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Shooting Sister Kill Cycle w/ Westcott Strobelites


When you walk into your work on a Saturday afternoon, and you see these guys getting a music video recorded, you NEED to start a conversation! A few months ago that was just the scenario. They’re in the process of working out a video idea, and I was literally running in to pick up something that I had left in the office the day before. The guys had a very stylized look – something that I always love to shoot. In a few minutes, cards in hand, I was showing them the work that I was capable of doing, and talking to them about “I have ideas, and concepts.. and I’d think you’d be great for them”

Check out the rest of the story at the jump..

Scrambling for a Location

Truth is, I had -one- idea. My buddy Kathy had a local Metal shop (think blacksmithing) in the area that had some cool look to it, with fires in cans and stuff, but the location was loaned out to someone previously – leaving the owners not really excited to do it again. I kept contact with the lead singer, Raven as I kept my eye out for any other locations.

As luck would have it, i’d make an acquaintance with a lady who curates an amazing location in Tampa. I quickly talked to her about my idea, and how excited I was to work with this group. She immediately jumped on board, and I was back with a location.

Let’s Shoot It With Westcott Strobelites
Another thing that I wanted to do was take out my set of Strobelites from FJ Westcott. Sometimes I think even I get a little guilty of dragging out a bunch of big lights into a shoot, and I wanted to see if I can do them with lights that dont break the bank in the process.

I used their 3 light kit and had a main light to camera left with a softbox and grid combo. To the left and right of the band (off to the top right and left of the frame) I had the two other lights with grids and barndoors. The grids allowed me to concentrate the light better, while the barndoors allowed me to control how much spill I would get back to the camera.

To give it a little extra pizazz, I ran a small Fog machine to low camera left. I would wait for the fog to get ready in the unit, then have an assistant quickly shoot out a bit of fog. After about 5 seconds, i’d have her stop, and I’d shoot a few frames while the fog was around. Because of the temperature of the place, the fog would quickly lift, so we needed to give this a few tries. I did like the result however.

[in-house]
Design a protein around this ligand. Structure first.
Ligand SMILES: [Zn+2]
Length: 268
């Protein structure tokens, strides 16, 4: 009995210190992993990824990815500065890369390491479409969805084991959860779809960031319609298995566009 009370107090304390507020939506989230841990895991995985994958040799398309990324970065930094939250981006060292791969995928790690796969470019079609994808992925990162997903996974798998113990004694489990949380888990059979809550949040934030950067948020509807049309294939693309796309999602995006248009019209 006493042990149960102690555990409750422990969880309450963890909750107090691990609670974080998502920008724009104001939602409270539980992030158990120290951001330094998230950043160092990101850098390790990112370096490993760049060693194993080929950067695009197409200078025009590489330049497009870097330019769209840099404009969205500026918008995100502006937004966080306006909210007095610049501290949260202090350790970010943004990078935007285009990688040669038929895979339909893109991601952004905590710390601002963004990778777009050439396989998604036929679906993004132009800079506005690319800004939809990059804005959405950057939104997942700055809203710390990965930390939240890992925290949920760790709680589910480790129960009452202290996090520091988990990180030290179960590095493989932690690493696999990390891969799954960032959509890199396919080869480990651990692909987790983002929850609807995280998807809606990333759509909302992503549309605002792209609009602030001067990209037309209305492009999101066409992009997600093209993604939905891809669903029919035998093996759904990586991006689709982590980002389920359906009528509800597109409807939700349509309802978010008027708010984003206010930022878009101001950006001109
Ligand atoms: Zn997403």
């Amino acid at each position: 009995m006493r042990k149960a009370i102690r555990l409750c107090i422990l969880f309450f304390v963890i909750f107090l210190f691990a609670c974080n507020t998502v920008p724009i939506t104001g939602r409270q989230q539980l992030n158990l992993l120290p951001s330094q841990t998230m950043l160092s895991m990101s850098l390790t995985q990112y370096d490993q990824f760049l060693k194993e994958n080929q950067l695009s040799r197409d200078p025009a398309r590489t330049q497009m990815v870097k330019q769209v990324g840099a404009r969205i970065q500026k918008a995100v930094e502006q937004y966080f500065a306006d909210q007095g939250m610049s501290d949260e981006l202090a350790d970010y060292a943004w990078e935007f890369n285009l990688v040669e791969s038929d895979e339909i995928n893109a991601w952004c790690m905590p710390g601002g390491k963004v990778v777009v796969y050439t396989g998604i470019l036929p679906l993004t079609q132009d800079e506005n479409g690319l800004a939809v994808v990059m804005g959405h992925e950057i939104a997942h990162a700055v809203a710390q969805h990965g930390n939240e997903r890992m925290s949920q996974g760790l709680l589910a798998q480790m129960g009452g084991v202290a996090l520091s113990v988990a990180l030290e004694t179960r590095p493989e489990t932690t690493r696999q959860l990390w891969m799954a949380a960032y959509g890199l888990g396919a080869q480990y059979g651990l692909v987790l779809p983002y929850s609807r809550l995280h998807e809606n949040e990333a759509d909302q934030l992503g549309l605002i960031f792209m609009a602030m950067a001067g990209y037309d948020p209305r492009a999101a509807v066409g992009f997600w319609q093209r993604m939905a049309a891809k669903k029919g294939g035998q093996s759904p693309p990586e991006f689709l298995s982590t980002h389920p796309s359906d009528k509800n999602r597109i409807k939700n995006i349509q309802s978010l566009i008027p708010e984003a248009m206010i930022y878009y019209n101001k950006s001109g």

Now, for the picture with the blue in it and the one right above of vii (seven), we went with a little different setup. Here, we had one light flown high camera left on a grid- at a very low power. This would allow me to be able to mix up the ambient light of the red bulb over the door with a blueish light on the individual – for a cool effect. Two speedlights (SB800) were set to the left and right of the scenes with different color Gels to give me that color in the area.

What I like about shooting bands like this is that it’s the equivalent of finger-painting. Because of their artistic look, you can really go outside of the box in terms of trying creative things, which really get your idea juices flowing. I love being able to try different things behind the camera – even if they don’t seem to work. The last set that I shot for the band didn’t use any Flash, and was with longer than normal shutter speeds.

For the image above, I had Raven open his mouth, point his head up in the air, and on the count of 3 shake his head from side to side, while I made a 1 second exposure. I thought the effect was fitting for the type of shoot we were doing.


This shot was also cool and simple to setup. Basically, vii needed to hold very very still while I made the frame using available light. This is going to be part of a series of images that i’m making for a project.. but more on that later.

A lot of the crunchiness that you see in the shots here was attributed to shooting the set in JPG on the Nikon. Rather than have a lof of the raw capture sharpness pulled out, I figured i’d let the camera do a lot of the heavy lifting in this instance and crunch them up for me. I could then add a little more to areas I thought needed it with either the NIK suite or with Topaz Adjust for some background work.

Again, great thanks to Sister Kill Cycle for the shoot.. had a blast!

2 comments

  1. I love the story, shoot concept and execution. There is something to be said about being the right place at the right time and being prepared.

  2. RC.. this came together so well.. the head shake is phenomenal!

    ~j.j.

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